On moving to the UK almost a dozen years ago I quickly noticed that the one thing that unites the political establishment, left and right, is that they don’t like foreigners. Or rather, maybe better phrased, they may personally like and even admire some foreigners, but they recognise that such exotic tastes are not for everyone, and that disliking foreigners is a valuable national pastime, deserving of their official support.
And so, after claiming through the Brexit campaign that it was all about national sovereignty and repatriating billions of pounds for the NHS, and having spent the better part of two years diplomatically digging a grave for the national future, the Tories strike on bedrock: We have betrayed national sovereignty and destroyed the national economy, but it’s all worth it because we still get to kick out the foreigners. Or, in the prime minister’s words:
“Getting back full control of our borders is an issue of great importance to the British people,” she will say, adding that EU citizens will no longer be able to “jump the queue ahead of engineers from Sydney or software developers from Delhi”.
I’m willing to go out on a limb here and suggest that the subset of British — or, given their current fragile mental state, I should perhaps call them Brittle — voters who voted Leave with the thought uppermost in their minds of improving the prospects for Indians to migrate to the UK was… less than a majority. But even more striking, EU citizens who moved to the UK over the past 40 years, following the same agreements that allowed Brittle people to seek work and better lives anywhere on the Continent, are retrospectively branded as “queue jumpers”, the most rebarbative class in the English moral order. Theresa May is summoning her countrymen and -women to defend a fantasy queue.
In the 1990s the German media teemed with entreaties to tear down the Mauer im Kopf, the “mental wall” (a phrase of the author Peter Schneider that actually long preceded the fall of the physical wall in Berlin), as a necessary prelude to a stable national identity, and a democratic and prosperous future. Maybe the Brittles need to dissolve their fantasy queues, to break up the Schlange im Kopf, before they can start building a new nation on the rubble they are making of their past.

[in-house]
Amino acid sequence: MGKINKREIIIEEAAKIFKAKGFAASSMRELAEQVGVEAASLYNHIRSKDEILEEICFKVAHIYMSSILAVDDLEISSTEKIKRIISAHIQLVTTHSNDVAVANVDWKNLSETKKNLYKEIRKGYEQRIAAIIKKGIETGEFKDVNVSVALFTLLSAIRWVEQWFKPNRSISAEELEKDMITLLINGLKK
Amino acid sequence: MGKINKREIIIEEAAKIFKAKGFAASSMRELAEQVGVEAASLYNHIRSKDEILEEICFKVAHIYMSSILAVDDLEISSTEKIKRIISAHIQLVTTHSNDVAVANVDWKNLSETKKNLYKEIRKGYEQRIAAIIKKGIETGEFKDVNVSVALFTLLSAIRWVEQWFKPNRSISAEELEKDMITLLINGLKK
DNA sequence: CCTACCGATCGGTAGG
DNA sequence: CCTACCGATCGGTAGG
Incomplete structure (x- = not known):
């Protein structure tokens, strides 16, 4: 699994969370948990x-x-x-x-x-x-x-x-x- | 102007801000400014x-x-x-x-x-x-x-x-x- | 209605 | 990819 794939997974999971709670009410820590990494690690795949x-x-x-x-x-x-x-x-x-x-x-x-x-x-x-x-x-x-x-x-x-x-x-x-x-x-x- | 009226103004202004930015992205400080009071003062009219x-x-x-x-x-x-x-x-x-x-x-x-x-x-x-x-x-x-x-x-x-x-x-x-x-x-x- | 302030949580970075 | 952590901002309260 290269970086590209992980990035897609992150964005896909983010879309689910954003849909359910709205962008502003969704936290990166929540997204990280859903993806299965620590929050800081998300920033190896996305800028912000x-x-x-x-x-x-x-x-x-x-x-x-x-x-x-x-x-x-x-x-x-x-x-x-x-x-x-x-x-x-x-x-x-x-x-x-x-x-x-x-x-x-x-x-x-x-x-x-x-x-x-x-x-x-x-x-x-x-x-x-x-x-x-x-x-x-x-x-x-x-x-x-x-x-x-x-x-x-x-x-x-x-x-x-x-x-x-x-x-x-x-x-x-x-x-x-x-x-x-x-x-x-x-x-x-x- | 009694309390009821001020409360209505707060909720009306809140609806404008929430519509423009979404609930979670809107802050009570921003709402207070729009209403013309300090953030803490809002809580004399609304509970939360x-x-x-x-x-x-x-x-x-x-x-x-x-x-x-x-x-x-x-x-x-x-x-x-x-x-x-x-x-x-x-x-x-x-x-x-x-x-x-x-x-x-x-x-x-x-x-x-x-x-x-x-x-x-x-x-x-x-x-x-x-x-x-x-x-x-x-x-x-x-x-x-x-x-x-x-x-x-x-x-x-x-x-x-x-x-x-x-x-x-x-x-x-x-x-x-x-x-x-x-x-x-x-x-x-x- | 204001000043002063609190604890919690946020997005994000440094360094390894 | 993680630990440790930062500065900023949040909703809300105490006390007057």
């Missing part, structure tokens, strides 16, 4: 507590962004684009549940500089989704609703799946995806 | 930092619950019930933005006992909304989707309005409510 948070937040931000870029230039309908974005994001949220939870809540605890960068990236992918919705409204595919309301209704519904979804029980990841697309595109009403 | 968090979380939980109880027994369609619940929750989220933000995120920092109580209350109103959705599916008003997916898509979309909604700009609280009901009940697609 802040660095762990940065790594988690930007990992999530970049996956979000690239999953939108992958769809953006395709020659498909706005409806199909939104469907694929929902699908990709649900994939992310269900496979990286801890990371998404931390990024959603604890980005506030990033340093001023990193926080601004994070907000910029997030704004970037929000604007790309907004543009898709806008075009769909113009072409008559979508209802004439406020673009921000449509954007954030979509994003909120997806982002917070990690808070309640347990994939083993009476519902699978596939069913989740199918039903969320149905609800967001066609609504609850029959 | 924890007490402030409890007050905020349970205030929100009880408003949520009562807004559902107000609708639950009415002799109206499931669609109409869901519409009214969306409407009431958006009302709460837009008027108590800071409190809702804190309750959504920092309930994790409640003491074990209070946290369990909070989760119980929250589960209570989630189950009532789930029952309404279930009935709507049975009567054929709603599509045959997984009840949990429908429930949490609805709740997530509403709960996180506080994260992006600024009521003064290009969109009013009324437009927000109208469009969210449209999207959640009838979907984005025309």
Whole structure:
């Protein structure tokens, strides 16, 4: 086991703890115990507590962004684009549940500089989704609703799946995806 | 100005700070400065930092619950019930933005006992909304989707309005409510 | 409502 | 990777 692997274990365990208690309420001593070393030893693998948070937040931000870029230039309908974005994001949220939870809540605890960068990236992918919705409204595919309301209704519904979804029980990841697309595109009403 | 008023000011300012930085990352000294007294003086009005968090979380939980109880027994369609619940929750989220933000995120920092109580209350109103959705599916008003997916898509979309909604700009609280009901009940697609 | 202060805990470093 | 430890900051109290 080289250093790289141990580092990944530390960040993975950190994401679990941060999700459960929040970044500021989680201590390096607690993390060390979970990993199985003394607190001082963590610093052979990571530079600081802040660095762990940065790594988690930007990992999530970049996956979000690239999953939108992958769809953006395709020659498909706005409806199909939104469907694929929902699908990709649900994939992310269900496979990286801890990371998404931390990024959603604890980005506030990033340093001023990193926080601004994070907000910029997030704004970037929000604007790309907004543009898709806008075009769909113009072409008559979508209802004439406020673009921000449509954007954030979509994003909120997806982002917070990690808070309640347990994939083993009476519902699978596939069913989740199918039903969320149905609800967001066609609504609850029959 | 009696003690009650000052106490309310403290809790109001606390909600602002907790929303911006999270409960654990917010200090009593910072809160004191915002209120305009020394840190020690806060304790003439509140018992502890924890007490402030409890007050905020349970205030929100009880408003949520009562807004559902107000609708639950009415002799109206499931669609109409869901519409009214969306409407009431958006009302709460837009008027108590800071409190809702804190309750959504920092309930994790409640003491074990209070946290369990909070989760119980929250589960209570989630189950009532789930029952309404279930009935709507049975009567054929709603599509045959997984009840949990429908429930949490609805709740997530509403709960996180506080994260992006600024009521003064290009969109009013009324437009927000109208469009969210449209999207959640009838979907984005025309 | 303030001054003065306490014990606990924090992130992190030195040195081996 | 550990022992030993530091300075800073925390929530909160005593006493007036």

A pretty universal anti-discrimination principle in the West has long been that companies should not discriminate against workers on the basis of their national origin. Everyone with a right to live and work in the country should compete on the same basis. But now the Conservatives are pushing the opposite view, proposing to force companies to publish the number of international staff, obviously in an effort to embarrass them into not hiring foreigners in the first place. (It is up to the government to decide how many foreigners get work permits; this is about putting pressure on companies not to employ those who the government has granted the right to be here.) Myself, my partner, my children — even the younger one who was born and has lived all her life in this country — should all be discriminated against in employment.
At least they are following their own advice. According to a new report
Leading foreign academics from the LSE acting as expert advisers to the UK government were told they would not be asked to contribute to government work and analysis on Brexit because they are not British nationals….
One of the group is understood to be a dual national, with citizenship of both the UK and another EU member state.
Obviously you can’t expect simple British civil servants to judge the value of advice from wily foreigners. British Beliefs are Best!
When I moved to Britain nine years ago I was immediately shocked by the xenophobic tone in the press, emanating from both major parties. Unlike other countries I have lived in, where universal problems of racism and xenophobia are balanced by a near-universal sense that it is the job of responsible politicians (and responsible journalists) to oppose these dark impulses, the major parties in Britain seem to compete with each other to show that they hate immigrants the most. Occasional platitudes about racial harmony are swamped by the need to publicly bash foreigners, supposedly because it would be irresponsible to let the foreigner-bashing be taken over by dangerous demagogues. I wrote then
I can’t figure out whether the UK is the most xenophobic country I’ve ever lived in, or whether it just acts like it. On the one hand, the UK has a well-deserved reputation as a sanctuary for the persecuted and would-be persecutors temporarily out of office. On the other hand, UK politicians, who (one presumes) know better, seem to cheer themselves up when they’re feeling blue by attacking immigrants, either directly or (more commonly) by insinuation. The same is true for pillars of society like the BBC.